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Ivory Coast

Yearbook 1999

Ivory Coast. According to Countryaah official website, the usually stable Ivory Coast was drawn into a rousing political conflict since the government denied opposition leader Alassane Ouattara the right to Ivorian citizenship. Ouattara, a former prime minister, left a high position at the International Monetary Fund and temporarily returned in July to be elected leader of the largest opposition party, the Republican Assembly (Rassemblement des republicans, RDR), and become its candidate in the 2000 presidential election. Ouattara is actually a citizen of Burkina Faso because his one parent comes from there, and they were accused of having forged identity papers. A court ordered that Ouattara be arrested as soon as he returned. Several of his party mates were sentenced to two years in prison for protest actions. The campaign against Ouattara was seen as an attempt to remove the only serious opponent in the presidential election. The government's actions triggered widespread unrest in the Ivory Coast and also widened the gap between the Muslim northern part of the country, from where Ouattara comes, and the Christian south, which is the president's home region. The crisis also illustrated the difficulty of building a nation-state in a formerly colonized region, where people for generations moved beyond the artificial borders.

1999 Ivory Coast

The crisis was deepened by the government being forced to repay around SEK 240 million to the EU, which was cut off from aid projects. The scandal strengthened the public's perception that the deep class divisions of the Ivory Coast are the result of widespread corruption.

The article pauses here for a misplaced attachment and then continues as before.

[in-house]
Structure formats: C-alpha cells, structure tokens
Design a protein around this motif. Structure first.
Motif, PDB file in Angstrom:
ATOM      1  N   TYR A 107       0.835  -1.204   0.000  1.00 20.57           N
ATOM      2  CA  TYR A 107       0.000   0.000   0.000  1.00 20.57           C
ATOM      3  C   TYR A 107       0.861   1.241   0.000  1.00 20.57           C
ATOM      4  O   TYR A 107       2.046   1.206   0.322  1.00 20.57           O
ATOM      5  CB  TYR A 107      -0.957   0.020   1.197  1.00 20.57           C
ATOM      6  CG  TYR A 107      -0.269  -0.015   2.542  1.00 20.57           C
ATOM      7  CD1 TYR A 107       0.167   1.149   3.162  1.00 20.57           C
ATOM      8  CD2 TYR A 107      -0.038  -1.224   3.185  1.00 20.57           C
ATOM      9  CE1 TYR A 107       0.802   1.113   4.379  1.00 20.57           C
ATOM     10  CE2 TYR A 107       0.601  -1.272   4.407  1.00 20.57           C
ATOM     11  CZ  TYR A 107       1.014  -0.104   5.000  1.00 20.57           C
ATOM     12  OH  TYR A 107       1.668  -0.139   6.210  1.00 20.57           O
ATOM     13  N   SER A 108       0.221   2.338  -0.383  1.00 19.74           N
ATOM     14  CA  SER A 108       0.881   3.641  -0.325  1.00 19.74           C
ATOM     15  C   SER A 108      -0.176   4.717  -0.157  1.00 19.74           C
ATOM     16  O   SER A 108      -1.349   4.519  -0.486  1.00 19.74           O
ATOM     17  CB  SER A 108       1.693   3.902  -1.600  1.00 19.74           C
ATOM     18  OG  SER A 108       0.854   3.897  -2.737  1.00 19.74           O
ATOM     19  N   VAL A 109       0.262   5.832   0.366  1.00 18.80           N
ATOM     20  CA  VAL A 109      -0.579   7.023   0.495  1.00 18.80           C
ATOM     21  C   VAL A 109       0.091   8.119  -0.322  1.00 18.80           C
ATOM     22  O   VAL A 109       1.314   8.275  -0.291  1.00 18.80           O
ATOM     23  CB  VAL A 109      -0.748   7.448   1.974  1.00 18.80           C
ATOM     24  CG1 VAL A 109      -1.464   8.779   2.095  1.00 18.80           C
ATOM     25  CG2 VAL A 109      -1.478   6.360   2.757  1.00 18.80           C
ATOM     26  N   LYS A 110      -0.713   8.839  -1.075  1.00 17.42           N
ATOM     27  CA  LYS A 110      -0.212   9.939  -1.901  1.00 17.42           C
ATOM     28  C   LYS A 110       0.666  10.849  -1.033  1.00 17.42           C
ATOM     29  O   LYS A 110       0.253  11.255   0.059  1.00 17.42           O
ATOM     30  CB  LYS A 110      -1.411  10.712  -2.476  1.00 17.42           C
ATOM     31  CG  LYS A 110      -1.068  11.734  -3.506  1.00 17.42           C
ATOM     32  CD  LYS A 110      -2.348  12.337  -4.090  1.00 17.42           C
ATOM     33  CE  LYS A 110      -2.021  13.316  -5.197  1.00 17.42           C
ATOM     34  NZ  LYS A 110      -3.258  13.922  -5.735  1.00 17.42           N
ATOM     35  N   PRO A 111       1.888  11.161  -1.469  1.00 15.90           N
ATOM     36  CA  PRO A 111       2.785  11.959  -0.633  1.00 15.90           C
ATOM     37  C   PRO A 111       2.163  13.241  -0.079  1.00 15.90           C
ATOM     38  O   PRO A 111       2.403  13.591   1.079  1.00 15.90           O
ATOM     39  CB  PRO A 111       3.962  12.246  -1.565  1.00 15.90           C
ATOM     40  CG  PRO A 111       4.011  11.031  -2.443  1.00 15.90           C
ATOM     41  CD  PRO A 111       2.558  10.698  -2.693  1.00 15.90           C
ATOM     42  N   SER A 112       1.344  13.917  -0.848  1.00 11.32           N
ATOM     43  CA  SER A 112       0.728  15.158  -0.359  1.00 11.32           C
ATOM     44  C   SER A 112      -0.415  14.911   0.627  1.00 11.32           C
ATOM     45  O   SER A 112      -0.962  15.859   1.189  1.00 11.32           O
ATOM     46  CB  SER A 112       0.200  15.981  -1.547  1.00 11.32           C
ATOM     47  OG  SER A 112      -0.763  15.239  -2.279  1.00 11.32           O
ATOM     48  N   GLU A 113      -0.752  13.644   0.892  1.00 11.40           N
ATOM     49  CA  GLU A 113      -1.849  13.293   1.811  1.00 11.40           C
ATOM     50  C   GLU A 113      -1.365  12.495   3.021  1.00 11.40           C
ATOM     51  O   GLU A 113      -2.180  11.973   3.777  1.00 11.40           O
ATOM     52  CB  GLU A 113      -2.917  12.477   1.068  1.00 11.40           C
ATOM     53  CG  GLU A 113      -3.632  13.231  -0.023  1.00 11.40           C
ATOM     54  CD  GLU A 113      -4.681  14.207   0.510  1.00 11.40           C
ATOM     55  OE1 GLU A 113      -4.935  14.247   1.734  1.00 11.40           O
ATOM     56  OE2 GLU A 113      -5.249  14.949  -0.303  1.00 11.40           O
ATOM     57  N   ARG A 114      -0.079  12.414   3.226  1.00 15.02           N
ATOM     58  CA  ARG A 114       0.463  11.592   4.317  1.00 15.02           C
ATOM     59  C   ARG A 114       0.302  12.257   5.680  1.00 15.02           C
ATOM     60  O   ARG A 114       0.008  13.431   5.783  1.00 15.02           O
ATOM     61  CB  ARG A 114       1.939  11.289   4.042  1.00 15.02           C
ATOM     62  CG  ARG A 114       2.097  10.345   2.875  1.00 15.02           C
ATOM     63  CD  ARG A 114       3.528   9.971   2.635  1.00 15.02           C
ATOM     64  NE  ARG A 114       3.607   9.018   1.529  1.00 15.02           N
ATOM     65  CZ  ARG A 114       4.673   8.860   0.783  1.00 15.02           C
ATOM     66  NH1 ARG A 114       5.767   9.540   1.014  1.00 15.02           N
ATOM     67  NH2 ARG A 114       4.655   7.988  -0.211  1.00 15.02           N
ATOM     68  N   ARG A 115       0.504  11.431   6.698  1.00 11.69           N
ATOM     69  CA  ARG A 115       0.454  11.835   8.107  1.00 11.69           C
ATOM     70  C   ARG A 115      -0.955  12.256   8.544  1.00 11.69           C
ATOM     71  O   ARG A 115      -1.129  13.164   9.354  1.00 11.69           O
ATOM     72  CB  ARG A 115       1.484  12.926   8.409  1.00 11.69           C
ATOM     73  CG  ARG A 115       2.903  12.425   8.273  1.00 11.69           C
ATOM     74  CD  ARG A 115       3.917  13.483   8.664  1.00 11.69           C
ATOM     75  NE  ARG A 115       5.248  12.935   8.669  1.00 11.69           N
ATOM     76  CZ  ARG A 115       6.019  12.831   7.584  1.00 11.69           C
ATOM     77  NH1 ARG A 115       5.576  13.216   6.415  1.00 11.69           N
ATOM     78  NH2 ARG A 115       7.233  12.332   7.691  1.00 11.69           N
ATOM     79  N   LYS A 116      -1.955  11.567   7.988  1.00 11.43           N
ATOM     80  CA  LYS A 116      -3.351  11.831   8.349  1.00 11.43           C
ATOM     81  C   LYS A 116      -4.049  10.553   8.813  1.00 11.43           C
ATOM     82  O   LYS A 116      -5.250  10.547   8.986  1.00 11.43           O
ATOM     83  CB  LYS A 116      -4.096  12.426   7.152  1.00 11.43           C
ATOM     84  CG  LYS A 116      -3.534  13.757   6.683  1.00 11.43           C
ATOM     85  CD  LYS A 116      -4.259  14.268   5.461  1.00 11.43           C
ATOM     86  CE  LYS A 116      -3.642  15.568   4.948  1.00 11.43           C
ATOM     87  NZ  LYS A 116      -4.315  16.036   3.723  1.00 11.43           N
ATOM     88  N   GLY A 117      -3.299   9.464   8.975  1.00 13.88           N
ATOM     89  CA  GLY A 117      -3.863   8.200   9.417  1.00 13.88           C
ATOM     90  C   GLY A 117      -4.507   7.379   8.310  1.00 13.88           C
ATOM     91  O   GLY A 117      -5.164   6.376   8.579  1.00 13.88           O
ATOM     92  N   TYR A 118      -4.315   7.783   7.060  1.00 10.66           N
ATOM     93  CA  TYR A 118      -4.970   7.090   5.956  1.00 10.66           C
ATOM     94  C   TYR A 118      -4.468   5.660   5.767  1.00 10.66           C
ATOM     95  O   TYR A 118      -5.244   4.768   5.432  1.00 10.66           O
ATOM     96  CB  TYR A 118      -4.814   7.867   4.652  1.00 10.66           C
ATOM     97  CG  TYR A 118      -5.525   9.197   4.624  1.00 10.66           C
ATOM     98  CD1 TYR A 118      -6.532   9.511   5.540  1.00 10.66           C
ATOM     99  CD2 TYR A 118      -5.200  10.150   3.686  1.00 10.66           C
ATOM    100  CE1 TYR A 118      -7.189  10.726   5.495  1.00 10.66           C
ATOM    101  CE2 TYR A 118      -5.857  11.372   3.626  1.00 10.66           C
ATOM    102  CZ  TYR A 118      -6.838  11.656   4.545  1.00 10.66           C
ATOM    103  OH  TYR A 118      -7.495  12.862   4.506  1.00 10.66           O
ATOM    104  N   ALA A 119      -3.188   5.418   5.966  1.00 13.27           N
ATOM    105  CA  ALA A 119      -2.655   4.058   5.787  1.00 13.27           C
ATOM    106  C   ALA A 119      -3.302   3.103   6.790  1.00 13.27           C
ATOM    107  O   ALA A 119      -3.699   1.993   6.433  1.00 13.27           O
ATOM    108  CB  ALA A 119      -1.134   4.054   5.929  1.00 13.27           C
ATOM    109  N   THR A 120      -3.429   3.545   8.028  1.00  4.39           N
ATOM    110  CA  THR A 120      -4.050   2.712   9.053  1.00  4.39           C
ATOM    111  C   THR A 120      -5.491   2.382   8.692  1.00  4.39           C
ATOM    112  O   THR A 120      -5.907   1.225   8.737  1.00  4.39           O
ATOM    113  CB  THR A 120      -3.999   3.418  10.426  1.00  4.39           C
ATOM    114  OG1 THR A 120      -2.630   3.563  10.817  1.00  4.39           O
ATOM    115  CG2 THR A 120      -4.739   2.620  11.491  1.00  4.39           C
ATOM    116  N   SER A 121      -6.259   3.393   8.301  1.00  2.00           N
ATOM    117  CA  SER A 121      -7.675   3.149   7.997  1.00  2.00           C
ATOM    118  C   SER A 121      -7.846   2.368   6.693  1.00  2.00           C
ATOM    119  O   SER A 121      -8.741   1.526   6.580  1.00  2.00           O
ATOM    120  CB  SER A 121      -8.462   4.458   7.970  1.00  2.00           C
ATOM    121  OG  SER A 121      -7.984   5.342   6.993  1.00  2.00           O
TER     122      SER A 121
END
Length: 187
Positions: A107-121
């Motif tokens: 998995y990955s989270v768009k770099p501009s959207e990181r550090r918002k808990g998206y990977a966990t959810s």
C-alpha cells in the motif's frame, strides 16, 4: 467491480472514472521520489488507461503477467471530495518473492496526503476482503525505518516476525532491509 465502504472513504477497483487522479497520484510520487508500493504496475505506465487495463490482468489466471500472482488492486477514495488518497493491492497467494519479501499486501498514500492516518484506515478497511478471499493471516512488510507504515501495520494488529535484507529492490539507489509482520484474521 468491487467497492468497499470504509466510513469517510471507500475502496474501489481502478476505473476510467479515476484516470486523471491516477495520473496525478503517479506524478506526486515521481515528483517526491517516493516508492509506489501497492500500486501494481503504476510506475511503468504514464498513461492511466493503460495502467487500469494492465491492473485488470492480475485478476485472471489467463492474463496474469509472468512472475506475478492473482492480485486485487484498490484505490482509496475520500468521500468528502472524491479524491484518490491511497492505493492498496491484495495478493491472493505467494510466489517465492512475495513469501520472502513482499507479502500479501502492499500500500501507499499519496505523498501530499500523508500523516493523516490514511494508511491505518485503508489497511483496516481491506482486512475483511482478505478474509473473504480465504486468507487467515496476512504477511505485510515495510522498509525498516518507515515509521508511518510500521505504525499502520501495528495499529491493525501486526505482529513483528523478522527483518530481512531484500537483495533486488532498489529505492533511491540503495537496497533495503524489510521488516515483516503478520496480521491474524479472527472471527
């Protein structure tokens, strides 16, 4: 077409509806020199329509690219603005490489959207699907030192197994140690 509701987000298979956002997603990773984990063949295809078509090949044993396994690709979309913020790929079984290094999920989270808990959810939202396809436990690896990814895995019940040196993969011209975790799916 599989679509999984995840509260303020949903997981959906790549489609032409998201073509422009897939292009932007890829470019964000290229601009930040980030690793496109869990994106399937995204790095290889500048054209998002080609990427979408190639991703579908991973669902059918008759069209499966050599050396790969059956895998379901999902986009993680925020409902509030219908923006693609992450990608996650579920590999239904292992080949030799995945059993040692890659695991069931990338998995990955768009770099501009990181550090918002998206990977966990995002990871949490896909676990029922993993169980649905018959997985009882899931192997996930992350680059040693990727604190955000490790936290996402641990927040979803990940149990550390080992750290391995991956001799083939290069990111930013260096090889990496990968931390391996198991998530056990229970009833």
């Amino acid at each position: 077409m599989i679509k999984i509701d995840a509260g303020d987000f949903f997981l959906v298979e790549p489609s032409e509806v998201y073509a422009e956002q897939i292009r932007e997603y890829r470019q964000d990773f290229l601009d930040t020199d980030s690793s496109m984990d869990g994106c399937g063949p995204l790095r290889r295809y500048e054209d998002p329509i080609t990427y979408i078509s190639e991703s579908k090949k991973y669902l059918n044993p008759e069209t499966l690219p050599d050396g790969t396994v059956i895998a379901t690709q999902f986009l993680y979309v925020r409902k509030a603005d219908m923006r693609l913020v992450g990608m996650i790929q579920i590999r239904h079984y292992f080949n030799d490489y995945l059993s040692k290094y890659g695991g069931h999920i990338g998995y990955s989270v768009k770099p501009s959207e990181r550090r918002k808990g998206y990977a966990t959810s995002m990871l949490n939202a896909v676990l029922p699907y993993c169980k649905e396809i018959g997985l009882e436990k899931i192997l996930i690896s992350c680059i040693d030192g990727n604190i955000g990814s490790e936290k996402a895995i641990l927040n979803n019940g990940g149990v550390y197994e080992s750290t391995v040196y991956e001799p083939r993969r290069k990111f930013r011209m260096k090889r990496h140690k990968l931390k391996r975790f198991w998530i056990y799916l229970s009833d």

In late December, President Bédié was overthrown in a military coup led by General Robert Guéi, an old arch enemy to the president. Guéi, who was named head of state by the military junta, presented the coup as a blow to democracy and the unification of the nation. The military junta promised to announce democratic elections at a later, unspecified, occasion. In anticipation of the election, General Guéi invited the other parties to participate in an interim unity government. The coup general also launched a campaign to get the new leaders internationally recognized as the country's legal directors.

The downed President Bédié left with his family the country in a French army helicopter. He demanded to be re-installed as president and received support from Nigeria and South Africa.

 
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